The new center has room for 60 or 70 trucks on site and includes 16 dedicated service bays.
The new center has room for 70 trucks on site and has 16 dedicated service bays.

PERFECTLY ALIGNED

The center is perfectly aligned with the company’s goal of offering customers a range of dependable power solutions, including clean diesel, natural gas, and hybrid and fully electric powertrains. It has a dedicated space just for electrification work, with limited access to ensure only those with the appropriate safety training can enter.

The new building also has office space for about 45 employees and plenty of collaborative working space for visiting employees from nearby Cummins facilities who might have business at the center. Finally, the new center has room for expansion as critical technologies are identified and incorporated into Cummins products.

Dedication of Cummins Machine Integration Center
A crowd of elected officials, the media and Cummins employees attended today's dedication and toured the facility.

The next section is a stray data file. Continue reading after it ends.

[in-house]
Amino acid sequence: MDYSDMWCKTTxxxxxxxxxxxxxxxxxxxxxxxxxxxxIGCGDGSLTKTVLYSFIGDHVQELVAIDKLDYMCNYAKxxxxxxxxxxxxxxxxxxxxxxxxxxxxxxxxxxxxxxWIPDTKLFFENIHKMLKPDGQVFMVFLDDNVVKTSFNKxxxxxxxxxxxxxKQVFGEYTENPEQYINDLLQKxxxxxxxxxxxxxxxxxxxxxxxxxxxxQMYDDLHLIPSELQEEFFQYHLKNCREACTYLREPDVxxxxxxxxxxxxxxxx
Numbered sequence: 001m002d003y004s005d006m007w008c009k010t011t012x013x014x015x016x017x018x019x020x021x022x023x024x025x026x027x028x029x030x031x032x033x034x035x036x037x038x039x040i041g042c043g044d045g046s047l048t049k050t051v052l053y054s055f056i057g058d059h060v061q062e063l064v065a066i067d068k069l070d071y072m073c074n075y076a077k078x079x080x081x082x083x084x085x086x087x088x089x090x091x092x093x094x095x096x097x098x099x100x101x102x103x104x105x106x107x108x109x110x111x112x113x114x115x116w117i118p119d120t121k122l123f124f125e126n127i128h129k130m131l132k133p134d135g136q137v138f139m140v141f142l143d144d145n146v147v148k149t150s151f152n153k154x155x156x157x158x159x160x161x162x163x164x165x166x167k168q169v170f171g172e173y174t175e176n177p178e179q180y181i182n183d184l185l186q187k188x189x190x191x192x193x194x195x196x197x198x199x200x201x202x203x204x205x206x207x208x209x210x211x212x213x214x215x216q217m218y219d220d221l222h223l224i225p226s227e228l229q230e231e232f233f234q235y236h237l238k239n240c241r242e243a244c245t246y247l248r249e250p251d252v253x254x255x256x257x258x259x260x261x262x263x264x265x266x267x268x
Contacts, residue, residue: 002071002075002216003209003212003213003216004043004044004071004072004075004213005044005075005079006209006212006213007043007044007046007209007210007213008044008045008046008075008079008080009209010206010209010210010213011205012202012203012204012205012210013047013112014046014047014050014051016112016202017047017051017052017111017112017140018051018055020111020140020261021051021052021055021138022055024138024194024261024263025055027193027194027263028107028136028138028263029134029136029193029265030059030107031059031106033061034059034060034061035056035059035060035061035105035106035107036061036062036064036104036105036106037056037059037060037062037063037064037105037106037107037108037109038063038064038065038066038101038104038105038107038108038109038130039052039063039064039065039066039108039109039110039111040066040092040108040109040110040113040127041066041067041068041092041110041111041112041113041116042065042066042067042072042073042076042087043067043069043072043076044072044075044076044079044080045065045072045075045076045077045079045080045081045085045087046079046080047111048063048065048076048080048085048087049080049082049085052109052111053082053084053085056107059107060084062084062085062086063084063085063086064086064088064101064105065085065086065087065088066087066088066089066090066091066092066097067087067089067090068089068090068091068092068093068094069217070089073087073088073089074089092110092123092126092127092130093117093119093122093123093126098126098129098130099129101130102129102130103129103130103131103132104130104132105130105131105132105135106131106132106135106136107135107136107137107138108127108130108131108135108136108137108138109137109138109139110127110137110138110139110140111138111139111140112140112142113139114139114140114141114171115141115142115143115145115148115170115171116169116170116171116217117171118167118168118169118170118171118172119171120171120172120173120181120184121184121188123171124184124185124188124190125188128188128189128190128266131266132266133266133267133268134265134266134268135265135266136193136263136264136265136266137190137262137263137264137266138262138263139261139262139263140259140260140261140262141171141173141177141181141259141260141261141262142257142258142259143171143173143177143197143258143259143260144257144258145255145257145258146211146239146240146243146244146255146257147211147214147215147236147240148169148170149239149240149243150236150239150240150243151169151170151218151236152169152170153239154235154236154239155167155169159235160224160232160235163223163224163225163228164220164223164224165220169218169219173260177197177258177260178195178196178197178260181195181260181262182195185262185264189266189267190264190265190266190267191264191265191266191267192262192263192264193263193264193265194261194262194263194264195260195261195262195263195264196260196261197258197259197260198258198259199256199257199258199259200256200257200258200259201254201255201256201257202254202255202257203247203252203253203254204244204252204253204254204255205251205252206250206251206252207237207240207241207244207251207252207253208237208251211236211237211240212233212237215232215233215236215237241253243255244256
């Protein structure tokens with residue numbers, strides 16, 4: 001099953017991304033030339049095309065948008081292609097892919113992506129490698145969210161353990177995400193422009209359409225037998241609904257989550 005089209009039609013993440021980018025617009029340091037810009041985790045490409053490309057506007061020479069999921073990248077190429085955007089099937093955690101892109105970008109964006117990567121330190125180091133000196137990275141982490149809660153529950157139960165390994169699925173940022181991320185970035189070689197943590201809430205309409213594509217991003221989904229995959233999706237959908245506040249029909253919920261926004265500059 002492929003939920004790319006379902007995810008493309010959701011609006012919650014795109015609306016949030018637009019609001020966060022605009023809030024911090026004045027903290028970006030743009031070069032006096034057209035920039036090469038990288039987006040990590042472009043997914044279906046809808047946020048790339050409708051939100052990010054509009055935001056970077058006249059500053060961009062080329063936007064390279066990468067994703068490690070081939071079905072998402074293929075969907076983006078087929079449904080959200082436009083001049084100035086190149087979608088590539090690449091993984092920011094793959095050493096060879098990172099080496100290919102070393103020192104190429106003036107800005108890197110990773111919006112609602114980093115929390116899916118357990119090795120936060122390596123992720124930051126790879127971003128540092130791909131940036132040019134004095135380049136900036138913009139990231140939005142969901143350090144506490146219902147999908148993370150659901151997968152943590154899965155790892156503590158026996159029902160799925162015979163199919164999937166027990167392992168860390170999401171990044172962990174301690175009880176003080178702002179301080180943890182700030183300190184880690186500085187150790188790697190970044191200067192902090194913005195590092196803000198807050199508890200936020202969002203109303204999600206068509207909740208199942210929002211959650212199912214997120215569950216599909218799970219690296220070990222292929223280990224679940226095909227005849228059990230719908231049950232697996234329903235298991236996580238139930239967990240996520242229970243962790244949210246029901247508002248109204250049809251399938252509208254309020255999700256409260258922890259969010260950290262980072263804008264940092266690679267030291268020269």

A BUILDING WITH A PURPOSE

A lot of the center’s work will be dedicated to figuring out the best way to integrate Cummins’ engines and other products into customers’ machines. Cummins is an independent engine manufacturer so a lot of the company’s products are sold to customers who build trucks and other equipment. The company wants to be a partner in its customers’ success so product integration is critical.

But there will also be “real world” testing going on at the center into the concepts the company is exploring for possible use in the future.

Photo from the Cummins Machine Integration Center Opening
It's been a busy year for innovation at Cummins, as the company looks to continue as the industry leader in its field.

A BUSY YEAR FOR INNOVATION

The center is merely the latest step in the company’s innovation efforts over the past year. Cummins acquired several companies to enhance its electrification efforts. It opened a new technical center in India in March and celebrated the 50th anniversary of its technical center in Columbus in October of 2017.